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Patient tests 'presumptive positive' for COVID-19 in Nevada, state's first such case

Posted at 2:15 PM, Mar 05, 2020

The Southern Nevada Health District (SNHD) said Thursday that a "presumptive positive" case of COVID-19, or coronavirus, had been recorded in Nevada. Should the CDC confirm the results, it would mark the first confirmed case of the virus in Nevada.

A Las Vegas laboratory has confirmed the presumptively positive case. Officials sent the sample to the Centers for Disease Control and Prevention (CDC), and the organization could confirm the results of the test within 24 to 48 hours.

According to SNHD, the victim is a man who is over 50 years old. He is currently in the hospital and has been quarantined. The health district says that the man does have an underlying health condition, and they are hoping for the best.

SNHD would not confirm an earlier report by The Nevada Independent that said the man presented with symptoms to a hospital in the VA Healthcare System.

The SNHD did confirm that the man had traveled to Texas and Washington by airplane during the two weeks before presenting symptoms. However, they could not confirm if the man had contact with anyone else who has been diagnosed with COVID-19 or provide any information about how he may have contracted the disease.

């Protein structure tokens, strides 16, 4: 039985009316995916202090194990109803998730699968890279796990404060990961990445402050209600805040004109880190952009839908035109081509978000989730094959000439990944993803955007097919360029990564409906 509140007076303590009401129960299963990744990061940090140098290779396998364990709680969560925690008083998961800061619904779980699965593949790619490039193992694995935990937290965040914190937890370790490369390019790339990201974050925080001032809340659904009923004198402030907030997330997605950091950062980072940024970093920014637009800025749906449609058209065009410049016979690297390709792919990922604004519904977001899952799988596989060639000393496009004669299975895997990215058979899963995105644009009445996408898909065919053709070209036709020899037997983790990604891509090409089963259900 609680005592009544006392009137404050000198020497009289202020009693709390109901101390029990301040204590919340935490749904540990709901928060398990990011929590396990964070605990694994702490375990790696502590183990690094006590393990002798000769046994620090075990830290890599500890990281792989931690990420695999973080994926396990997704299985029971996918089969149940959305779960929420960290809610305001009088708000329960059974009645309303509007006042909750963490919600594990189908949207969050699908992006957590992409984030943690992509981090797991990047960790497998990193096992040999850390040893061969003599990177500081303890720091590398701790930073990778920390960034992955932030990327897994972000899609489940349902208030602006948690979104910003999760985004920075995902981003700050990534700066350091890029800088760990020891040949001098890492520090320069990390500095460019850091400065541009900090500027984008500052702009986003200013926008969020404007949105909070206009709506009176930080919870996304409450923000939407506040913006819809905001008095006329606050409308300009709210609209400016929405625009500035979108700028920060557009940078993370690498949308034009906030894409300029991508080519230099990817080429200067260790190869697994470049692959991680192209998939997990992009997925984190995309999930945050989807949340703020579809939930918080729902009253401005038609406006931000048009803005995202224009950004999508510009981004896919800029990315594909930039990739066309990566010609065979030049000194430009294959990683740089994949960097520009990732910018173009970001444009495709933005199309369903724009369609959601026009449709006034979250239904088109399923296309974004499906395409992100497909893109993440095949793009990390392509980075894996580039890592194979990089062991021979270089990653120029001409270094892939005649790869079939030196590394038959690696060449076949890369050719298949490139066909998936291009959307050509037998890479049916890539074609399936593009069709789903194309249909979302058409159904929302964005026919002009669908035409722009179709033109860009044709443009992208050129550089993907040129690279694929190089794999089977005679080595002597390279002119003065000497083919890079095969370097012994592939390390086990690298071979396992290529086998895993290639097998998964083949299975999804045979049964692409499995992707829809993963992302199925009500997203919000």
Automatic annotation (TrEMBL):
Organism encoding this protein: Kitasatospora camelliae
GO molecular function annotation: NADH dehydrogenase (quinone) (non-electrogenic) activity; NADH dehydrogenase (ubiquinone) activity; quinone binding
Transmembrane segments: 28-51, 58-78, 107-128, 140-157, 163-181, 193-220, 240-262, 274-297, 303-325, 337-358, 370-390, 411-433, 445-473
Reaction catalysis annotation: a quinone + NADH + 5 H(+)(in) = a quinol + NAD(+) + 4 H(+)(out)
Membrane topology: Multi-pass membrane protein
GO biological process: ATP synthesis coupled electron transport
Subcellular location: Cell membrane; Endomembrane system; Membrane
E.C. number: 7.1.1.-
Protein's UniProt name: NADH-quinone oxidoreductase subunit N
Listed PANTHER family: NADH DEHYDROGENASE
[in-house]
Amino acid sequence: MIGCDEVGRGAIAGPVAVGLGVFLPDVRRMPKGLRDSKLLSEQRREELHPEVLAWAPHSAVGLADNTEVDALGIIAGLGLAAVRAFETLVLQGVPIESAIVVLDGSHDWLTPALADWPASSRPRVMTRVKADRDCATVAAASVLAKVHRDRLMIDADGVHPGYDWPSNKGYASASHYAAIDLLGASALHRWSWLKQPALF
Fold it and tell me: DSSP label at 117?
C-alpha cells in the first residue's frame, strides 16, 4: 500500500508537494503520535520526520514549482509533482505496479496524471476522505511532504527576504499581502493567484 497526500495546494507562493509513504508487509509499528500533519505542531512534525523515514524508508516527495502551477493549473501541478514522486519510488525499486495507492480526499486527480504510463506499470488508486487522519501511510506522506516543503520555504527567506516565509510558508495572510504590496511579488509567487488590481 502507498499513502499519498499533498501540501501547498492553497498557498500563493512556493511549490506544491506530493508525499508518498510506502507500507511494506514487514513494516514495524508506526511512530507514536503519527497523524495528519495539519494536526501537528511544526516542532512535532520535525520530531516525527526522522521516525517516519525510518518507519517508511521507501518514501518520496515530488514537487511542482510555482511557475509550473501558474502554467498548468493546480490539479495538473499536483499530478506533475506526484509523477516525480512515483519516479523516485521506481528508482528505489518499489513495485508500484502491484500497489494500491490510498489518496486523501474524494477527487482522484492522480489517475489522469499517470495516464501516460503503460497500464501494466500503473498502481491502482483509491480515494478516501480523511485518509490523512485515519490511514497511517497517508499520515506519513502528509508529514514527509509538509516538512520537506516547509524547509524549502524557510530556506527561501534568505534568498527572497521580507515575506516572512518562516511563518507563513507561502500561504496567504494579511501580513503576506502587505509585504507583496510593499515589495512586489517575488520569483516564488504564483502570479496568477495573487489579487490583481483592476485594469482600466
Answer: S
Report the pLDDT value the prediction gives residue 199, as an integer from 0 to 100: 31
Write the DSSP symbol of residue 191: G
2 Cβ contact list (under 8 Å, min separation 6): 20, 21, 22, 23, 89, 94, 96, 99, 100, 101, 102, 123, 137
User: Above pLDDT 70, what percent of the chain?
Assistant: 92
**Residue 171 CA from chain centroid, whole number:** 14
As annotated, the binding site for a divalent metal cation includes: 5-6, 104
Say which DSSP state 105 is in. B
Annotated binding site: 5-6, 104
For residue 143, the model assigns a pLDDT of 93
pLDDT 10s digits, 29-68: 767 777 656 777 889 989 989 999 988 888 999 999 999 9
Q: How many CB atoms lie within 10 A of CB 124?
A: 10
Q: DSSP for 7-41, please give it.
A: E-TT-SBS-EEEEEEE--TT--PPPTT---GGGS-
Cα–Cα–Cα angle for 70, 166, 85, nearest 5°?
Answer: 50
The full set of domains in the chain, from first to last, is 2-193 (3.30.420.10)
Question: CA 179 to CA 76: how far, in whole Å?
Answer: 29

The SNHD said they are currently working to identify anyone that the man has had contact with within the last two weeks of presenting symptoms, and say they are asking anyone who had contact with the patient to self-quarantine and notify them if they present symptoms.

SNHD says that it began testing for the novel coronavirus a few days ago and have only performed a handful of tests in Clark County.

The press conference was led by Dr. Fermin Leguen, who is the acting district health officer for the Southern Nevada Health District. Disease Surveillance Supervisor Kimberly Hertin also spoke at the press conference.

While the COVID-19 outbreak is a serious public health threat, the immediate risk from the virus to the general public in Clark County and the United States remains low.

This story was originally published by Joyce Lupiani on KTNV In Las Vegas.